fuuuuuuuuuuuuuuuuucked” when Price went down and Budaj had to start all of a sudden? Sure, price only played particularly well in one game that series but it was only when Budaj got the call that it felt like the Sens were going to win.
Tampa Bay – Montreal 2014 Playoff Series: This one may hit close to home for Sens fans as we saw Ben Bishop get traded to Tampa for Cory Conacher (The OTHER Ryan Shannon) and watched him go on to almost single headedly turn Tampa Bay from toilet trolls to contenders in a heartbreakingly impressive, Vezina nominated performance. Contenders they were, of course, until Bishop was injured toward the end of the season. The question became ‘Can Anders Lindback hold the fort dow-‘ aaaaaand Swept in 4 games in the first round. See you in the car, Milhouse.
You knew I was going here: I needn’t remind Sens fans about Dominek Hasek getting hurt heading into the post season back in “Our Year” of 05-06. No pressure, up from the AHL rookie, Ray Emery. Lead us to the promised land.
Lehner might indeed be the starting goaltender of the future but today ain’t the future.
I’ll start this off by saying this: Lehner is my guy. I want him to be the best goaltender that Ottawa’s ever developed in-house. But the pragmatist in me (read: snivelling coward) can’t ignore that he has only 61 regular season games and two playoff starts under his belt at this point. To illustrate how little experience that is, Anderson played 63 games in his first full season in Ottawa. Just because Lehner got his first Big Kid contract doesn’t mean he’s officially a starter. These things take time.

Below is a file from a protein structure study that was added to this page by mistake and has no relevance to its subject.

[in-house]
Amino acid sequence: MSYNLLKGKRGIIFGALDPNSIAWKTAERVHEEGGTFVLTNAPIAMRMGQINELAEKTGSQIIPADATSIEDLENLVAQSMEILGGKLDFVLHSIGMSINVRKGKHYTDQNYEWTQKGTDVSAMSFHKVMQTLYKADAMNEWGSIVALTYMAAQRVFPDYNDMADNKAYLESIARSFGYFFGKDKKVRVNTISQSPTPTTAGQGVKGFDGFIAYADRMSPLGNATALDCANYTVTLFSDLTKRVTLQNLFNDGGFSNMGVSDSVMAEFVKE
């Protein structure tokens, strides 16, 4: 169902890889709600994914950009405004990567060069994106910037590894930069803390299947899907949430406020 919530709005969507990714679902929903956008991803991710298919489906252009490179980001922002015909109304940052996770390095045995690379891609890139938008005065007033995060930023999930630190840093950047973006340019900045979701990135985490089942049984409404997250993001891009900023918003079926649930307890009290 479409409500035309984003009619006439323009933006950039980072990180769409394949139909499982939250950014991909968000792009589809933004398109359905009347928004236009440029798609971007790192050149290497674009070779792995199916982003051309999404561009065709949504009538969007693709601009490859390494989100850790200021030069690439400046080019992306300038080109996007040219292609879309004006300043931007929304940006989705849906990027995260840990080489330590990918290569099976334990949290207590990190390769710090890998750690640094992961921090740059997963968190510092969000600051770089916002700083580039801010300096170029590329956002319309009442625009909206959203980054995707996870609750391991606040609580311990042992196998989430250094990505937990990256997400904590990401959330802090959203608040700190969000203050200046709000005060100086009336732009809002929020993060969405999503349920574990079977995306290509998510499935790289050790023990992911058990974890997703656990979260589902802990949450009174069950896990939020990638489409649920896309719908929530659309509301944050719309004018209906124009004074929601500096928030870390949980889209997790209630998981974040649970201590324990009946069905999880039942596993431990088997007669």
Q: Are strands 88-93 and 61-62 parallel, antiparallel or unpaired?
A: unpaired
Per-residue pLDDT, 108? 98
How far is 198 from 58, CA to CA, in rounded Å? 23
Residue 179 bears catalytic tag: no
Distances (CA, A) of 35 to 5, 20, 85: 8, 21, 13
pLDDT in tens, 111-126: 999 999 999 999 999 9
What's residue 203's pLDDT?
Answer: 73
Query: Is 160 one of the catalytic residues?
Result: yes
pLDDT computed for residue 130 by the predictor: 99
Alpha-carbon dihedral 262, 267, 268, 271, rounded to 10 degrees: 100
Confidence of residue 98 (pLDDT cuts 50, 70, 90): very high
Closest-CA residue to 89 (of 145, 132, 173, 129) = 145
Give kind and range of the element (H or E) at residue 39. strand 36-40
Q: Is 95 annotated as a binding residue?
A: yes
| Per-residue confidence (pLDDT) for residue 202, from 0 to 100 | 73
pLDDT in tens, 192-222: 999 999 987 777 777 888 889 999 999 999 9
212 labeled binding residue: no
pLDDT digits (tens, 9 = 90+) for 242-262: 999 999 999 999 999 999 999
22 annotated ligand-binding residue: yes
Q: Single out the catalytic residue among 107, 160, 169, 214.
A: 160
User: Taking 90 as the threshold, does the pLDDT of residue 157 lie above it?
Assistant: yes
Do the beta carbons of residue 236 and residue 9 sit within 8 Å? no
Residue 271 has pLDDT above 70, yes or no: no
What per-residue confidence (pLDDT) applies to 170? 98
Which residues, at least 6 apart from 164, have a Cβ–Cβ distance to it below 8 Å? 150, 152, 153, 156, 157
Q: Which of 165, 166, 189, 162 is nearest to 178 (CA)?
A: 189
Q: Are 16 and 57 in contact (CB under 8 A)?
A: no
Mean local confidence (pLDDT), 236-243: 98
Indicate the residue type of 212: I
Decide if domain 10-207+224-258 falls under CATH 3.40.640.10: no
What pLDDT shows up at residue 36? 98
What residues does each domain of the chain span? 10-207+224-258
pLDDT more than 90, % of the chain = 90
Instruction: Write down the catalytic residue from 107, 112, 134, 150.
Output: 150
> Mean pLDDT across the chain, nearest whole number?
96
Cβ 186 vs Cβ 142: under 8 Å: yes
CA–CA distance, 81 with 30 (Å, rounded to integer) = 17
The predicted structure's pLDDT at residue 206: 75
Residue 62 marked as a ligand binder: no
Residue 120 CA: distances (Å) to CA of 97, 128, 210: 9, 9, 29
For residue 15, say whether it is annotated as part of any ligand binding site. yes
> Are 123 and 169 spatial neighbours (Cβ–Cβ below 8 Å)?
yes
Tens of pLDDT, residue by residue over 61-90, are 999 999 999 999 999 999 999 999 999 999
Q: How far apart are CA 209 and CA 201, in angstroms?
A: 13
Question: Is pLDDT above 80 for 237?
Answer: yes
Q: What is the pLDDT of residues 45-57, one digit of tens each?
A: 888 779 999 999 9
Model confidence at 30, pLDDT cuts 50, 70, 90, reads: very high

Yes, you have to start getting those starts at some point and I do hope that Paul MacLean gives Lehner fair shake this season but at just 23 years of age (a toddler in Goalie Years) its relieving to have Lehner insulated by one the best goalies the franchise has ever had.
I’ve heard some concern from other fans that judging by Anderson’s comments at the end of his [disappointing] season that he has no interest in playing second fiddle which is just asking for a goaltending controversy.